The Flaming Lips planning concert with audience in giant bubbles

The band say they're working out logistics for the unique performances

The Flaming Lips have a novel idea for bringing back live music in the time of COVID-19, with the band planning a hometown performance in Oklahoma City in which each audience member will be in a giant bubble.

Lips frontman Wayne Coyne has long utilised a plastic bubble in order to walk on top of crowds during the band’s shows. For their remotely-filmed performances on Fallon and Colbert earlier this year to support new album ‘American Head’, each member was separately housed in their own bubble. For the Colbert performance, a small audience was present, each of whom was also inside a bubble.

Earlier this week, Coyne posted a photo on Instagram from the venue, demonstrating the remarkable setup:

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In a new interview with Brooklyn Vegan, Coyne discussed the ambitious project. According to the band’s frontman, there will be three people in each of the bubbles, and the band are hoping to play two shows a night.

“The place that we’re at at the moment, it holds almost 4,000 people, but it only holds a hundred space bubbles,” said Coyne. “So it’s a lot of space in there.”

“You fill them up and people can be in them for quite a while. I don’t think people quite realize that. Since we have some here, we’ve played with them and messed with them for quite a while. I mean, even back in 2006, I would get in one of the space bubbles at the end of our big Halloween parade here, and I would walk down the street for almost an hour in one. Yeah. You know what I mean? It holds a lot of air. I mean, you can be in there for quite a while.”

“I mean, I’m not suggesting the whole world should do it this way,” Coyne added. “I’m just saying the Flaming Lips can try it this way, and if you like our music, you can come see us. You’ll have to be in one of these space bubbles, but maybe that’ll be a good thing.”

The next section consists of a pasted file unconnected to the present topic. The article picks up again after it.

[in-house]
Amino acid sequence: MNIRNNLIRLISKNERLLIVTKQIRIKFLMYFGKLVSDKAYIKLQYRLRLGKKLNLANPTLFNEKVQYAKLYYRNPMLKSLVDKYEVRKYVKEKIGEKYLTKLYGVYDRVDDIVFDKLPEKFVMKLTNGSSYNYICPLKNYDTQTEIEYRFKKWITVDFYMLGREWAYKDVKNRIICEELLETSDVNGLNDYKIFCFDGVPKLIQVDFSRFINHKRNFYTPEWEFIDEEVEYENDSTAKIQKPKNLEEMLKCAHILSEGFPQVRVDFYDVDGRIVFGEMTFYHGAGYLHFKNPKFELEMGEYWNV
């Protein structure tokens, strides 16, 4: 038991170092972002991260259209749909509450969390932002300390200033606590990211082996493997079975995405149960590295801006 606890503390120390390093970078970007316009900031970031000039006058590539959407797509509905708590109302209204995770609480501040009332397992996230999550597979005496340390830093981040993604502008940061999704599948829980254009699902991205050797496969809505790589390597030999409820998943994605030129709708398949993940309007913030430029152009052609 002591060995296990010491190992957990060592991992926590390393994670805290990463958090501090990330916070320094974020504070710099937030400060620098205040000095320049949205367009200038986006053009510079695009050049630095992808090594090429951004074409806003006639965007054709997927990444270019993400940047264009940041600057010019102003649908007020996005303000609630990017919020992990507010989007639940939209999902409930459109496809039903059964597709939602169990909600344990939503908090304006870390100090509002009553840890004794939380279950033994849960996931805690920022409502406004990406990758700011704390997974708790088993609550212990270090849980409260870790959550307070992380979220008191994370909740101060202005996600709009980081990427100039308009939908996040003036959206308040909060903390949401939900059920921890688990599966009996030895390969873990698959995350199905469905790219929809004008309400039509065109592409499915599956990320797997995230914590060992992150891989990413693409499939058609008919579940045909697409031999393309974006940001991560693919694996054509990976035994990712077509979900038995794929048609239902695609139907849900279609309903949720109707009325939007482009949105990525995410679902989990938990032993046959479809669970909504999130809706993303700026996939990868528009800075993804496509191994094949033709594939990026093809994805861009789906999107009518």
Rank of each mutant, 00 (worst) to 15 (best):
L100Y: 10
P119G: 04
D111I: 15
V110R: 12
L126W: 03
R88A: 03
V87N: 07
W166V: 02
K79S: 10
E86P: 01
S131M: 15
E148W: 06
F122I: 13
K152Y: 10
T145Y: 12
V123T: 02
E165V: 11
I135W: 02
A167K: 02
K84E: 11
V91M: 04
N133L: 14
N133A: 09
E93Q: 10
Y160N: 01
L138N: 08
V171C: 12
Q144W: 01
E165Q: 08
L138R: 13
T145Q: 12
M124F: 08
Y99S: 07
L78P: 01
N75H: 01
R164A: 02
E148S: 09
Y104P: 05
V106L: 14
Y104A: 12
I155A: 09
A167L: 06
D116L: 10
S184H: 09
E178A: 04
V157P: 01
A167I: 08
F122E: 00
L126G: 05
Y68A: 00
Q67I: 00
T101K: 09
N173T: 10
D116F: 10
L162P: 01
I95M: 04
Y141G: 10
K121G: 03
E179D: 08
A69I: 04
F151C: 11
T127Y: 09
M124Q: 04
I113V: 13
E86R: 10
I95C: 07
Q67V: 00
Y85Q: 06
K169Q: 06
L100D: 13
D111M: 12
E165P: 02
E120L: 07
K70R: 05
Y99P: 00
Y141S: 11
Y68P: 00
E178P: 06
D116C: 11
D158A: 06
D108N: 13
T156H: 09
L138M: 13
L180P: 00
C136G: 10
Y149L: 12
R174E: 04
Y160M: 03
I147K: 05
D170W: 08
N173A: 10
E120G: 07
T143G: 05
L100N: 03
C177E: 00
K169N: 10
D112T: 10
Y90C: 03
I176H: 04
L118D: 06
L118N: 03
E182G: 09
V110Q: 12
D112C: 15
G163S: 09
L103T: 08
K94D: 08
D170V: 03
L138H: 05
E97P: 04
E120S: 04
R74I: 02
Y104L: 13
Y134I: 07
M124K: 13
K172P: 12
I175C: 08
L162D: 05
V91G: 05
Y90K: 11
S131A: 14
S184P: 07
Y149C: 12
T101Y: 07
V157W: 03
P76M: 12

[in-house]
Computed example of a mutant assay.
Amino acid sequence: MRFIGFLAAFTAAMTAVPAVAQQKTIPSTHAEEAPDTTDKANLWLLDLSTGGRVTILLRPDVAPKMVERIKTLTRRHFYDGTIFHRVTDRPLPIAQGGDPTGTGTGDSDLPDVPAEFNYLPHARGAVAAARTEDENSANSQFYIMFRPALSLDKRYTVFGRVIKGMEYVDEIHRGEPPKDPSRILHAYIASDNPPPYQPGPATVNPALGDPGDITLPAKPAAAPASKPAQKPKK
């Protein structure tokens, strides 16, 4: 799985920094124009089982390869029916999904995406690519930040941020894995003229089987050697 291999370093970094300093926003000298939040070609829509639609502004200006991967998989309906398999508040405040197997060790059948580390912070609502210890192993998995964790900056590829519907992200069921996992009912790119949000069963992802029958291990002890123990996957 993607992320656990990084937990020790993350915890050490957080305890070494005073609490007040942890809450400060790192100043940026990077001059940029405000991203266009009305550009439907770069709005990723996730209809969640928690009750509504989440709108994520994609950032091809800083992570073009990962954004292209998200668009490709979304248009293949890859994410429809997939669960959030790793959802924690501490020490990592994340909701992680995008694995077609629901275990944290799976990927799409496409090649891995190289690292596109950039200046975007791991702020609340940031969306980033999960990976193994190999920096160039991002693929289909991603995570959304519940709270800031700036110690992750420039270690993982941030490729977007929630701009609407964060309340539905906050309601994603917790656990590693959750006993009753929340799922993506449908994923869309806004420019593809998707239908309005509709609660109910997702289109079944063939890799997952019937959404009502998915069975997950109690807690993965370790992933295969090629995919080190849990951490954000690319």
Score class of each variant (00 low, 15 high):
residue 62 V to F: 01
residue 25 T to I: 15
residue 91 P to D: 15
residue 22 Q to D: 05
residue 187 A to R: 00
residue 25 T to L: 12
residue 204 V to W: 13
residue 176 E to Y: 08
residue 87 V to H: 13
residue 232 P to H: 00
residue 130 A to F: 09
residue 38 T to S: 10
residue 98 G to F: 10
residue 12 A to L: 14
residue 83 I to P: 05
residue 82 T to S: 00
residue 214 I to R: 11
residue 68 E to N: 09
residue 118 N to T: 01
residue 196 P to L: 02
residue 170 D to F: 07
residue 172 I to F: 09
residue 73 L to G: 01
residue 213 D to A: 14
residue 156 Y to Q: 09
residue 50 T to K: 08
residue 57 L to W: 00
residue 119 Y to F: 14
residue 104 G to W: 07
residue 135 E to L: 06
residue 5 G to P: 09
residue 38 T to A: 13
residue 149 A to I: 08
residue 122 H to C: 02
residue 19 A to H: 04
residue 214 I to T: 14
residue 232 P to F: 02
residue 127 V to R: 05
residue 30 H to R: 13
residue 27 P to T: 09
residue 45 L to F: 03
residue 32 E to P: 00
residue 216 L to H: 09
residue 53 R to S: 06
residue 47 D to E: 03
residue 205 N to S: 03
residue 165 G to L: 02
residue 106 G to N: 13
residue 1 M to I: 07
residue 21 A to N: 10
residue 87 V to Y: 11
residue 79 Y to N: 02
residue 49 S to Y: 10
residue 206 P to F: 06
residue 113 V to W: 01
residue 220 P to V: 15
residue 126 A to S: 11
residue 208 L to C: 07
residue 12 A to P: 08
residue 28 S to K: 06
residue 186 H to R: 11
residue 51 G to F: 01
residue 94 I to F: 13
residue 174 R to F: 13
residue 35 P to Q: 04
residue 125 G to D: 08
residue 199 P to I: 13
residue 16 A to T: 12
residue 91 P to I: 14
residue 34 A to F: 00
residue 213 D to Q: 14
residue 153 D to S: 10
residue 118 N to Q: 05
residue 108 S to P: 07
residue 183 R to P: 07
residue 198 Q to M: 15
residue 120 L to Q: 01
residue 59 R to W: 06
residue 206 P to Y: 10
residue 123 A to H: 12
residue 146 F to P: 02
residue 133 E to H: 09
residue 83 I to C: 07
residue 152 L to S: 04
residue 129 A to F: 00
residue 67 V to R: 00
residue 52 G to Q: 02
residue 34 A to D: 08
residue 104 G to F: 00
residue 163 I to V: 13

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In another interview with Jambase published earlier this week, Coyne said the band are attempting to figure out the logistical aspects of the concert such as how audience members go to the bathroom or get drinks.

“We don’t want this to be [a super spreader event] like that Smash Mouth [concert]. We want this to be safe and a great experience. Those are the things the venue is allowing us to set up so we can start to figure out how it will work. The part about playing in the bubble, we already have down. It’s how we get the crowd in and out without cross-contamination that we need to figure out, but they’re giving us a few weeks in this venue to figure it out.”

‘American Head’, the Flaming Lips’ 16th studio album, arrived last month. In a four-star review, NME called a “beautiful ode to love and loss that handles the subjects with grace,” comparing it with the band’s 1999 standout ‘The Soft Bulletin’.

“Rather than using their fantastical bubble of sound to transport listeners into distant galaxies, as they have done so many times before, the band here float softly above Oklahoma city, where Coyne sits up front, quietly contemplating beauty and childhood.”

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